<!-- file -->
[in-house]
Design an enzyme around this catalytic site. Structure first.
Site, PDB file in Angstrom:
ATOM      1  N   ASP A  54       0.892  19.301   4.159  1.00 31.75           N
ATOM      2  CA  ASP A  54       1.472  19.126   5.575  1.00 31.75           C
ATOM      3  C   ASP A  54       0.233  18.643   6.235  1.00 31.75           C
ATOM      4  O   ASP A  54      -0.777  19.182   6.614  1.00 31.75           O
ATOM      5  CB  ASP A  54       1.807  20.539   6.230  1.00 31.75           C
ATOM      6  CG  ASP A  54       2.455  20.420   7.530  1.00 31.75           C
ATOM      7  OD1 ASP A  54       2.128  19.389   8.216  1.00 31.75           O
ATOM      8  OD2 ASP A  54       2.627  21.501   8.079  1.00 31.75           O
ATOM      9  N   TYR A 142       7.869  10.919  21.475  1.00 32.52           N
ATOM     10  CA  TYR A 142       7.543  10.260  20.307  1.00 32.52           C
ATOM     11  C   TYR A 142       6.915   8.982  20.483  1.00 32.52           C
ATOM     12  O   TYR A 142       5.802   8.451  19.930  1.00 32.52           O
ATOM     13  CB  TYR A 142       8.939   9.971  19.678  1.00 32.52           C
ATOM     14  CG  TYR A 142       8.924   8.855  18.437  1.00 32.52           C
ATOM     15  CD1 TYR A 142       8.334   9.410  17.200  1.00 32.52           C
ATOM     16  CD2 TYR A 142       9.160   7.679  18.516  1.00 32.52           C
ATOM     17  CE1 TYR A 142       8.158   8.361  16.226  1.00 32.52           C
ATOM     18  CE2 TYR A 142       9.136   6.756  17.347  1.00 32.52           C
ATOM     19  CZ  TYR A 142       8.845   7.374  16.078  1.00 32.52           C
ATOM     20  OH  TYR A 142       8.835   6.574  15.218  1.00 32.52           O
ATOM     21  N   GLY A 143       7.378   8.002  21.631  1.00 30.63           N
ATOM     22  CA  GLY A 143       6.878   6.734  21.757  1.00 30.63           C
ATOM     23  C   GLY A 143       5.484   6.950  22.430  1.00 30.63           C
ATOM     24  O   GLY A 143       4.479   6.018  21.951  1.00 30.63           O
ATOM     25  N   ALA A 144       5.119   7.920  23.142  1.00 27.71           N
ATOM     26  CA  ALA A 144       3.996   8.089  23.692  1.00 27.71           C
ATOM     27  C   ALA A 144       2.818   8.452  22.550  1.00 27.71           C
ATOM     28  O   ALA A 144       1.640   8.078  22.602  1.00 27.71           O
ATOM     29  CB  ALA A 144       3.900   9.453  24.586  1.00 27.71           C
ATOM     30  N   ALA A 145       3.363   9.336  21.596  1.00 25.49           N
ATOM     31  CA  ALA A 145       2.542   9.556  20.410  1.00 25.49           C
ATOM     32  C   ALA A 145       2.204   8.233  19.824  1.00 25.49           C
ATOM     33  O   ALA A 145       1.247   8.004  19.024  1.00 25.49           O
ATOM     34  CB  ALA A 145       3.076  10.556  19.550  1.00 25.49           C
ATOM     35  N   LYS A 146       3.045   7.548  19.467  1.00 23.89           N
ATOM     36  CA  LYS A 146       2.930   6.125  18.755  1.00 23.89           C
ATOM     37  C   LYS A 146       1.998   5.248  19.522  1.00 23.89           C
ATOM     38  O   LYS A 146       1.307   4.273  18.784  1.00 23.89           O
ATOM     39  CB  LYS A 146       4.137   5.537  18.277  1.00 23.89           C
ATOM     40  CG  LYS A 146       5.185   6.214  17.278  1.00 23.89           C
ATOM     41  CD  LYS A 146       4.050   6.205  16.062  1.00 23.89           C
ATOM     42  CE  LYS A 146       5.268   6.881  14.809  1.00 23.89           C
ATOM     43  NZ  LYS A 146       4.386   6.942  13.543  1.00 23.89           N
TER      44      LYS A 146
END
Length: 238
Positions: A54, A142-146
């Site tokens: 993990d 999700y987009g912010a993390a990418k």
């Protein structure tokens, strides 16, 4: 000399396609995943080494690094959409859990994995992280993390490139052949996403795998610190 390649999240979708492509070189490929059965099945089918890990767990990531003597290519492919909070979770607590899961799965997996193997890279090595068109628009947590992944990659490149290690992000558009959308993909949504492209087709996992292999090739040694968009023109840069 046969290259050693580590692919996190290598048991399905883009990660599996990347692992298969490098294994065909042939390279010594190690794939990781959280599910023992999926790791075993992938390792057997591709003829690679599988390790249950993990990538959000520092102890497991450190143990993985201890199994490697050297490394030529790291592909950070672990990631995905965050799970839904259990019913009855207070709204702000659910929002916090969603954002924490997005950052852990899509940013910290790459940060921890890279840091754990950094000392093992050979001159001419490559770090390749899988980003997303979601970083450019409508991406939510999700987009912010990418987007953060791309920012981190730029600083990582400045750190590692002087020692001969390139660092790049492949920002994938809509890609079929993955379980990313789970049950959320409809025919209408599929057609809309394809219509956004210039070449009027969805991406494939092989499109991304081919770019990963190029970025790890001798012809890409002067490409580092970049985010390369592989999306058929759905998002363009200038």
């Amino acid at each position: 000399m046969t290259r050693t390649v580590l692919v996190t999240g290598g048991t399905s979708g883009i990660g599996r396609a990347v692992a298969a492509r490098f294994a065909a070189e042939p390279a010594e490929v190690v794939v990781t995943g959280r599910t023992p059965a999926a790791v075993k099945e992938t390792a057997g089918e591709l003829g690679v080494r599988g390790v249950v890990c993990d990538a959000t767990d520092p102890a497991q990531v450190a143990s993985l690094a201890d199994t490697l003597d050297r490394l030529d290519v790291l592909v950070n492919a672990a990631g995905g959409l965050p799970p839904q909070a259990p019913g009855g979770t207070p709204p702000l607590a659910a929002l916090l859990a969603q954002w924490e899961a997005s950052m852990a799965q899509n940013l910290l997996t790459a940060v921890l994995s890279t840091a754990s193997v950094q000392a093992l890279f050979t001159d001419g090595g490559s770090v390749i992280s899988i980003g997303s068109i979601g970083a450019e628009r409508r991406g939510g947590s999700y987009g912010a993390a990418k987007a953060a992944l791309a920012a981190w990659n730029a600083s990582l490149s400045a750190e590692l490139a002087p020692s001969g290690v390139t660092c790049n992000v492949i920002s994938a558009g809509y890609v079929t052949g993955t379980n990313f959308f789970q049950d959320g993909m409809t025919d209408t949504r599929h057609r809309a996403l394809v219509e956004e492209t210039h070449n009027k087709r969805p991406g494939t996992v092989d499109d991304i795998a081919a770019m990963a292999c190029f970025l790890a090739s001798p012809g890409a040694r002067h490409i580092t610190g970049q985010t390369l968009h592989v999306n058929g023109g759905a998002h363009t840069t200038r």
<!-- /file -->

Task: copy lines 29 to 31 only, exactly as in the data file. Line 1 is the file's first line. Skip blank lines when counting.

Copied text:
ATOM     26  CA  ALA A 144       3.996   8.089  23.692  1.00 27.71           C
ATOM     27  C   ALA A 144       2.818   8.452  22.550  1.00 27.71           C
ATOM     28  O   ALA A 144       1.640   8.078  22.602  1.00 27.71           O